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Graduate Students Seminar

Wednesday, April 17, 2019
11:00 AM - 12:00 PM
Lecture Hall 1: Biological Sciences : 101
Session Chair:Randy Price
Discussant:Dr. H. Kang

Speaker 1: Ahmad Mousavi
Exact Vector Recovery with CP-admissible Constraints
Inspired by constrained sparse signal recovery, we propose a constrained matching pursuit algorithm and develop conditions for exact vector recovery on constraint sets via this algorithm. We show that exact recovery via constrained matching pursuit not only depends on a measurement matrix but also critically relies on a constraint set. We thus identify an important class of constraint sets, called coordinate projection admissible set, or simply CP admissible sets. This class of sets includes the Euclidean space, the nonnegative orthant, and many others arising from various applications; analytic and geometric properties of these sets are established.  Moreover, by making use of cone properties and conic hull structure of CP admissible sets and constrained optimization techniques, we also provide sufficient conditions for uniform exact recovery on CP admissible sets in terms of the restricted isometry-like constant and the restricted orthogonality-like constant.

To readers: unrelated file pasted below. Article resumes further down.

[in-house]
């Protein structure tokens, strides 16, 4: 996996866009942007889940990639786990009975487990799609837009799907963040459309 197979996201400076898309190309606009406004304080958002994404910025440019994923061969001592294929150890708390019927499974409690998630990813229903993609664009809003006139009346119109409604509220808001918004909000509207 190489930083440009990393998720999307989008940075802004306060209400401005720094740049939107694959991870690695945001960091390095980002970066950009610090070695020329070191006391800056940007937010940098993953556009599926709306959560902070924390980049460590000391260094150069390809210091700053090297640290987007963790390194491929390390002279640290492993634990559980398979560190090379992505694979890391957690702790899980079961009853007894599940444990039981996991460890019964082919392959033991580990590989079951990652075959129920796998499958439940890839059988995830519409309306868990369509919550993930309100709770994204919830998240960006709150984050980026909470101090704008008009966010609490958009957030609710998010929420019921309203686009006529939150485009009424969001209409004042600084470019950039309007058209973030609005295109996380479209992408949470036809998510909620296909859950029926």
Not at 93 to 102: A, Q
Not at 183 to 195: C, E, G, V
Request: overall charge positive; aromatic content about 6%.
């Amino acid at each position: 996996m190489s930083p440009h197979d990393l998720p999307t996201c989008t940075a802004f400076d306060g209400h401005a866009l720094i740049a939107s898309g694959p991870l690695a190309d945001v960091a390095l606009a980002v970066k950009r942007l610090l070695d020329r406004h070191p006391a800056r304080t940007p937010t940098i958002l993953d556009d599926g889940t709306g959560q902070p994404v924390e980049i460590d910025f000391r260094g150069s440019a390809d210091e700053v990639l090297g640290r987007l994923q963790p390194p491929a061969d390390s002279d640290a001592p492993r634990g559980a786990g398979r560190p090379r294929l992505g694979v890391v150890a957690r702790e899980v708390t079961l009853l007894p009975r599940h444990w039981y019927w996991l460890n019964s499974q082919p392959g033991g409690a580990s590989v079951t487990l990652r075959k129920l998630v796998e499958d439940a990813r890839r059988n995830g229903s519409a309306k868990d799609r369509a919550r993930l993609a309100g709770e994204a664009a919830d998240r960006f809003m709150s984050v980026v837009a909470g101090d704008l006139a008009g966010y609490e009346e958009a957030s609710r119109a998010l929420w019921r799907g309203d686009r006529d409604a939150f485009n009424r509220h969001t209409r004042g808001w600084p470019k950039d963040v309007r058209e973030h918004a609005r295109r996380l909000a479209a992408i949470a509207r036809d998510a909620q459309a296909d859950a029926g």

Speaker 2: Lillian Chow
An Overview of "A Functional Approach to Deconvolve Neuroimaging Data"
Dynamic Positron Emission Tomography (PET) Scan data is used in medical research to identify and investigate chemical changes within the human body. The deconvolution and analysis of the dynamic PET data currently rely on classic assumptions that the data can be modeled using linear first-order kinetics and compartmental analysis; however, there is strong biological and statistical evidence that questions the validity of these assumptions for neuroimaging data. In the paper, "A Functional Approach to Deconvolve Dynamic Neuroimaging Data", Ci-Ren Jiang, John A. D. Aston and Jane-Ling Wang propose a non-parametric method for the deconvolution of the data based on Functional Principal Component Analysis (FPCA). This proposed method does not rely on the classic assumptions and is computationally less intensive than other deconvolution methods. The FPCA method of deconvolution performs comparably with other common methods of deconvolution of neuroimaging data in both simulations and application to real data.
This presentation provides an overview of the classic assumptions, the issues with using these assumptions for neuroimaging data, and an overview of the FPCA method proposed in this paper.